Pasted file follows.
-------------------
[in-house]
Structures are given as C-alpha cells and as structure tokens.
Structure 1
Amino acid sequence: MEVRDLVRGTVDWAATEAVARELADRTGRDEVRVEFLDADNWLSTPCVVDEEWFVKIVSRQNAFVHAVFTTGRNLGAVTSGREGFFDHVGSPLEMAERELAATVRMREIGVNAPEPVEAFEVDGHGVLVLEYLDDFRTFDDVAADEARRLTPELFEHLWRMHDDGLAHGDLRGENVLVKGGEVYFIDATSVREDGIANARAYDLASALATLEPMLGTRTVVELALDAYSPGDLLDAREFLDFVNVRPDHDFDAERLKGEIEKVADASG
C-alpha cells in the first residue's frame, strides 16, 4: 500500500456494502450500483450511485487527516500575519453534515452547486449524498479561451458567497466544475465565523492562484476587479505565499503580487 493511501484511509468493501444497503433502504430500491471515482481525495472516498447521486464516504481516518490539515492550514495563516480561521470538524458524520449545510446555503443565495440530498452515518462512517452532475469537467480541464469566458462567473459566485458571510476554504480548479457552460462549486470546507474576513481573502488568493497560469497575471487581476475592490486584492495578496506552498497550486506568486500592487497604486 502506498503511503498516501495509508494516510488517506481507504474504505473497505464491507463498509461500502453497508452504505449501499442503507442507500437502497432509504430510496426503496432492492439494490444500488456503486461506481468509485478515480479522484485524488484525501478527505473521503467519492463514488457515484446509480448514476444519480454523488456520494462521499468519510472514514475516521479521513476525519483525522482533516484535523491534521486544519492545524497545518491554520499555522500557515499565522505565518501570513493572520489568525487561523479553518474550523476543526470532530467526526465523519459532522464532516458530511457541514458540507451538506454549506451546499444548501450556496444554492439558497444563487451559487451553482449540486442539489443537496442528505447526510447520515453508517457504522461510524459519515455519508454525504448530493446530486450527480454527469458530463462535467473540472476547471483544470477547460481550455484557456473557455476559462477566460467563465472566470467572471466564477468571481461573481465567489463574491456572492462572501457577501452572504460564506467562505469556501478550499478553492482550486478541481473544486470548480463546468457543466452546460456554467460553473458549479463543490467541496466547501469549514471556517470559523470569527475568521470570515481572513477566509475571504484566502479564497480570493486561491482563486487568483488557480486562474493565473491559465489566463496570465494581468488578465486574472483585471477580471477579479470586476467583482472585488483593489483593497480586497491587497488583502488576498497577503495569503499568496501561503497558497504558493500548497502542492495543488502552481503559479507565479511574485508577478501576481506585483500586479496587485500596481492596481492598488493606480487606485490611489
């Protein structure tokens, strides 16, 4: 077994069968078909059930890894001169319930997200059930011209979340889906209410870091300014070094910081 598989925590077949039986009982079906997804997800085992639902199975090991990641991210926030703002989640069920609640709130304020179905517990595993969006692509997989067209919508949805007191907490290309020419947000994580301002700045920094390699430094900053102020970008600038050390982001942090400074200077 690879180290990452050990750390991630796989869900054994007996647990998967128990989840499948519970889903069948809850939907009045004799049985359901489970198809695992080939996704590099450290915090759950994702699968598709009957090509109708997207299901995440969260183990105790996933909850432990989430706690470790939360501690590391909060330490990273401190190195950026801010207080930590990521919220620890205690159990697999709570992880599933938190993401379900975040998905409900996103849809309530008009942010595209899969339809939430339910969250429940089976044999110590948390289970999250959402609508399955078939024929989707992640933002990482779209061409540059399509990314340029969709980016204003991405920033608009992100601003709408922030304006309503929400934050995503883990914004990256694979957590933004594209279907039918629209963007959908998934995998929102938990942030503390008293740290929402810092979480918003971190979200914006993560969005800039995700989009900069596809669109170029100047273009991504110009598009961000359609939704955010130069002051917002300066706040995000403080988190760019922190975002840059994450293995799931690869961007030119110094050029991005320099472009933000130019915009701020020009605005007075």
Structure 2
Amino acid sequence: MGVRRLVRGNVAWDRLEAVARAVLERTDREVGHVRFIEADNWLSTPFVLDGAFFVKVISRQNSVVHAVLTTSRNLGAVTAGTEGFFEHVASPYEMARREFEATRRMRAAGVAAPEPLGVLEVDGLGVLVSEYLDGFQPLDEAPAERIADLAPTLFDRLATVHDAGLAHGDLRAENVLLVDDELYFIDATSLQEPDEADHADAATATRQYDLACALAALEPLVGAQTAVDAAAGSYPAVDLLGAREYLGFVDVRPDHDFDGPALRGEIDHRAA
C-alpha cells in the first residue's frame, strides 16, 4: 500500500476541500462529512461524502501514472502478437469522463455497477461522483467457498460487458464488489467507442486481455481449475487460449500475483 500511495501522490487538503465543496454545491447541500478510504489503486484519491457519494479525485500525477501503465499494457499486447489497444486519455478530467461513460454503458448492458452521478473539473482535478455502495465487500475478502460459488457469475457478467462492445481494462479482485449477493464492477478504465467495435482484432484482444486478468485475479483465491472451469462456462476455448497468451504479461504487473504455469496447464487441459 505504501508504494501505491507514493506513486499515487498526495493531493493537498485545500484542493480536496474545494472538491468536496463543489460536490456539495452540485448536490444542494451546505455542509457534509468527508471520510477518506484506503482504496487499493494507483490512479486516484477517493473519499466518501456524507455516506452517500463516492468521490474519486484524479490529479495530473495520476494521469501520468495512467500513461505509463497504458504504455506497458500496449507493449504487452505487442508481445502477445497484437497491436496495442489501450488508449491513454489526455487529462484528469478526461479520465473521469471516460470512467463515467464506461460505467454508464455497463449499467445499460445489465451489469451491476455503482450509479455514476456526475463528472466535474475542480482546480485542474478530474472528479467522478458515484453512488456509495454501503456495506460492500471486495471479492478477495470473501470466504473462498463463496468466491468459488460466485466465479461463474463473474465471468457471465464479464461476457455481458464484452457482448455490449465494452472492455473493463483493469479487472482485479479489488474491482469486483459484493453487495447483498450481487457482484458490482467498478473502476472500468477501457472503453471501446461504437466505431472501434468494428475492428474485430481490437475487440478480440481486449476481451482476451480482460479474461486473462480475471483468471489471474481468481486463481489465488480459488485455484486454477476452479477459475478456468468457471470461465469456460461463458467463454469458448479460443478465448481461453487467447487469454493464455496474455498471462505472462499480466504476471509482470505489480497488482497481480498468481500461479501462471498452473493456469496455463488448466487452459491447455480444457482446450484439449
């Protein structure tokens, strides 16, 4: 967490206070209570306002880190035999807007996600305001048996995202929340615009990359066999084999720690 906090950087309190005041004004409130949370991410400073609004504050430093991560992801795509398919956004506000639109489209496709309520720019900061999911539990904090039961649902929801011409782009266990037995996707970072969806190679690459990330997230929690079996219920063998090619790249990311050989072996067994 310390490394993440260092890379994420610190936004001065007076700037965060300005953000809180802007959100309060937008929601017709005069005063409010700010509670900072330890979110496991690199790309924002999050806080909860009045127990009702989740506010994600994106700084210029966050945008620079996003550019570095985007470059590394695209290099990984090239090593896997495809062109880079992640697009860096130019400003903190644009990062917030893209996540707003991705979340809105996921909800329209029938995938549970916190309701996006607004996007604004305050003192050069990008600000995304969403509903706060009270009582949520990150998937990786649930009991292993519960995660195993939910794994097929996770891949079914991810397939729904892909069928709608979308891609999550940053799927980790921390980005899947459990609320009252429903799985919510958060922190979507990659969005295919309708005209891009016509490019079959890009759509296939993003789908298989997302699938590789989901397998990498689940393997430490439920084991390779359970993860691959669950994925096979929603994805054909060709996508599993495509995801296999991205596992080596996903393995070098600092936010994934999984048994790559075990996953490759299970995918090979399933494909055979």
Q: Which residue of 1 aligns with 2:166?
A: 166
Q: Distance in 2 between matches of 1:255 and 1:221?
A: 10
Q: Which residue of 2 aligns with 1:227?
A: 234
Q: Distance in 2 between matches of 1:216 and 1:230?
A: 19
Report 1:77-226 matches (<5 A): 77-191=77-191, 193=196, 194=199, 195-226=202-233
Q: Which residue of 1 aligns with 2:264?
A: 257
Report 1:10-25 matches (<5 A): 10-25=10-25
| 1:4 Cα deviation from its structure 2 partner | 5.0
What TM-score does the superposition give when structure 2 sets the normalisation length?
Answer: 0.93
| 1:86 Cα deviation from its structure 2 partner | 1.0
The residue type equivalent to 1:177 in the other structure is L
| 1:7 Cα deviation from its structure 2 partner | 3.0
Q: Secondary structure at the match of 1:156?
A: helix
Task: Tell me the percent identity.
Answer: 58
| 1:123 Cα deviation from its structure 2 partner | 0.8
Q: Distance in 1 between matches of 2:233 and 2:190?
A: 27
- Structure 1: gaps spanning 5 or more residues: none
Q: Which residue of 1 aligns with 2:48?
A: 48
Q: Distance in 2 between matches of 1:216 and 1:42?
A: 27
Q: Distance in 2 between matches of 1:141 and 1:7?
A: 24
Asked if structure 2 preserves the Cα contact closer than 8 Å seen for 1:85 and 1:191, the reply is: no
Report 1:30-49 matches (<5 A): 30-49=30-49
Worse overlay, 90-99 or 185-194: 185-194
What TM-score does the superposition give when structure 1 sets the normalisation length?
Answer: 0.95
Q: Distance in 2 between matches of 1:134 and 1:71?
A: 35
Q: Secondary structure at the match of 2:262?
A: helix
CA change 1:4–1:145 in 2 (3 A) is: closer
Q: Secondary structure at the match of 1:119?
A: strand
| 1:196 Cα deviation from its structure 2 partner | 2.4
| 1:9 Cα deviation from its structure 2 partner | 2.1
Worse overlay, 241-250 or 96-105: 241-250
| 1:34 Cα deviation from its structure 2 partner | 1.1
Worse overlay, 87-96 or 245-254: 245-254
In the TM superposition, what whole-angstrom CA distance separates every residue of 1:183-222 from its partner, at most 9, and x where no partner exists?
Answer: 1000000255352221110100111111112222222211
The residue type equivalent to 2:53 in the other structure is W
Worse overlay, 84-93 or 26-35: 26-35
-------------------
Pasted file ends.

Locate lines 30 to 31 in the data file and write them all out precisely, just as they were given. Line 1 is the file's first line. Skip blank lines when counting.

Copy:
A: helix
Task: Tell me the percent identity.